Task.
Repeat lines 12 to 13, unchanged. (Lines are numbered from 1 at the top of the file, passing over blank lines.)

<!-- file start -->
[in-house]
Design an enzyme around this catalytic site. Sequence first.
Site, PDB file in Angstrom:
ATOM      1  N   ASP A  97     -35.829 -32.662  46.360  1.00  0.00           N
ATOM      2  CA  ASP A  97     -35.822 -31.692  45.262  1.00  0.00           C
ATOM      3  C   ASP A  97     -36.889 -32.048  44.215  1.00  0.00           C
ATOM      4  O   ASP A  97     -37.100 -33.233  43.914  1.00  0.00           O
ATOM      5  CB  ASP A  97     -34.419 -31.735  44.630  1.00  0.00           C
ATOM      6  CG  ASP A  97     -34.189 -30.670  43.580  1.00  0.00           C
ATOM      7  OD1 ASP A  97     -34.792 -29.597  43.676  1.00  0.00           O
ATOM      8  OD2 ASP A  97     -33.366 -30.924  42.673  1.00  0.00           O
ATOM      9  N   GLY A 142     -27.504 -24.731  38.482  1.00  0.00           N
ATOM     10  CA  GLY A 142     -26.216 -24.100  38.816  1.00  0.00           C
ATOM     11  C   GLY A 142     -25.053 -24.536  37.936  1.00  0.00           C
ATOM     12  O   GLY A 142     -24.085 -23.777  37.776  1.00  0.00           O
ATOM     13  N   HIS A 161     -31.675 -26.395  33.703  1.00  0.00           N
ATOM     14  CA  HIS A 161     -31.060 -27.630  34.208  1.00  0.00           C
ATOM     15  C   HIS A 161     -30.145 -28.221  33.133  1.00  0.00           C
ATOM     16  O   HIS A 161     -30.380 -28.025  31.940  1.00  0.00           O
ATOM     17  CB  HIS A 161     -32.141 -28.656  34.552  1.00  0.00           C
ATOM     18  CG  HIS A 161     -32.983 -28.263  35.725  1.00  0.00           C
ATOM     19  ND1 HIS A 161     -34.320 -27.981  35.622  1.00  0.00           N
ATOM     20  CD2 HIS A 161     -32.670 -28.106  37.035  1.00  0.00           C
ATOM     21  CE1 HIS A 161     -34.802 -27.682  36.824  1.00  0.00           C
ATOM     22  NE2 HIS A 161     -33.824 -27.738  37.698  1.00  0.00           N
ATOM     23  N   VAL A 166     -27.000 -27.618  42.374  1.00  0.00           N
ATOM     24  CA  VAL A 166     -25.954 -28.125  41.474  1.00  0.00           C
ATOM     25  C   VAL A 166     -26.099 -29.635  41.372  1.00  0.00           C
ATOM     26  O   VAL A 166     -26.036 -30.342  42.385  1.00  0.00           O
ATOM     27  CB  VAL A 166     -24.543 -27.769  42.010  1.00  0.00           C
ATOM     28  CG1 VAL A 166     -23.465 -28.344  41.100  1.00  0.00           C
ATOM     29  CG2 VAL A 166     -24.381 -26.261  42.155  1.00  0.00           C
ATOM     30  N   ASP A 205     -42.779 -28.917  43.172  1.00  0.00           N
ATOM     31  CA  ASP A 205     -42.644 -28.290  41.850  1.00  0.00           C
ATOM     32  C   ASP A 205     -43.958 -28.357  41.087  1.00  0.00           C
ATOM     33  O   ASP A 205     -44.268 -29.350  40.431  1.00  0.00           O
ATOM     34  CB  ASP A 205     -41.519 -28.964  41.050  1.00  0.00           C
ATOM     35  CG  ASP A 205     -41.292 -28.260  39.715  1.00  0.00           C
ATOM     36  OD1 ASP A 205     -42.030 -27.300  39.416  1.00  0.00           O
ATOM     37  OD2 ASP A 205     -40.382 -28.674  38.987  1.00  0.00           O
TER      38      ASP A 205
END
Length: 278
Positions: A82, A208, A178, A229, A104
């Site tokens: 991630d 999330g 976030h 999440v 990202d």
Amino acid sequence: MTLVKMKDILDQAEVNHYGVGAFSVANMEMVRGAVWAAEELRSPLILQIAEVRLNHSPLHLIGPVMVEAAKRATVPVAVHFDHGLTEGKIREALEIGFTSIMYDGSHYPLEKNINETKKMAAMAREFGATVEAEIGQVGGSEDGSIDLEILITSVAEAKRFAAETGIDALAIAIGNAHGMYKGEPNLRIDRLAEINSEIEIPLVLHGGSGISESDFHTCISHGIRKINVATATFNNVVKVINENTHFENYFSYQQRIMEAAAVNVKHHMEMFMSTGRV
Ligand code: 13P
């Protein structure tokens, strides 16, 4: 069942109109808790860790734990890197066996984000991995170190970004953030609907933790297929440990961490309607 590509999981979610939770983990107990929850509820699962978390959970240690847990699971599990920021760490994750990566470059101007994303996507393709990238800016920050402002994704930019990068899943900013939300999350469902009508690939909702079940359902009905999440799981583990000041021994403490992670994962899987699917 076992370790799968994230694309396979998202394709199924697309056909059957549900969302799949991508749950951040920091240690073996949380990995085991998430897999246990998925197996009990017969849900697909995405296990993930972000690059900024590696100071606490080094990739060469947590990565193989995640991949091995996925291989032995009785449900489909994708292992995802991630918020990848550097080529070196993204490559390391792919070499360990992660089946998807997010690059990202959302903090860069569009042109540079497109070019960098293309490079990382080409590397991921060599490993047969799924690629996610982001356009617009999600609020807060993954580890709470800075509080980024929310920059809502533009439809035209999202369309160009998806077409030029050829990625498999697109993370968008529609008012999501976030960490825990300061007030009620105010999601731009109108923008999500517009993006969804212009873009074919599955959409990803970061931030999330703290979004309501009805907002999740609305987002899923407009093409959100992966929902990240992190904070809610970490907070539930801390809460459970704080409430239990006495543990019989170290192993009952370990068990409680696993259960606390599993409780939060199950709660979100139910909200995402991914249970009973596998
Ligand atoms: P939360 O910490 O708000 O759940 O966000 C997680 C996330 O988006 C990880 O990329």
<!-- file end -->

ATOM      9  N   GLY A 142     -27.504 -24.731  38.482  1.00  0.00           N
ATOM     10  CA  GLY A 142     -26.216 -24.100  38.816  1.00  0.00           C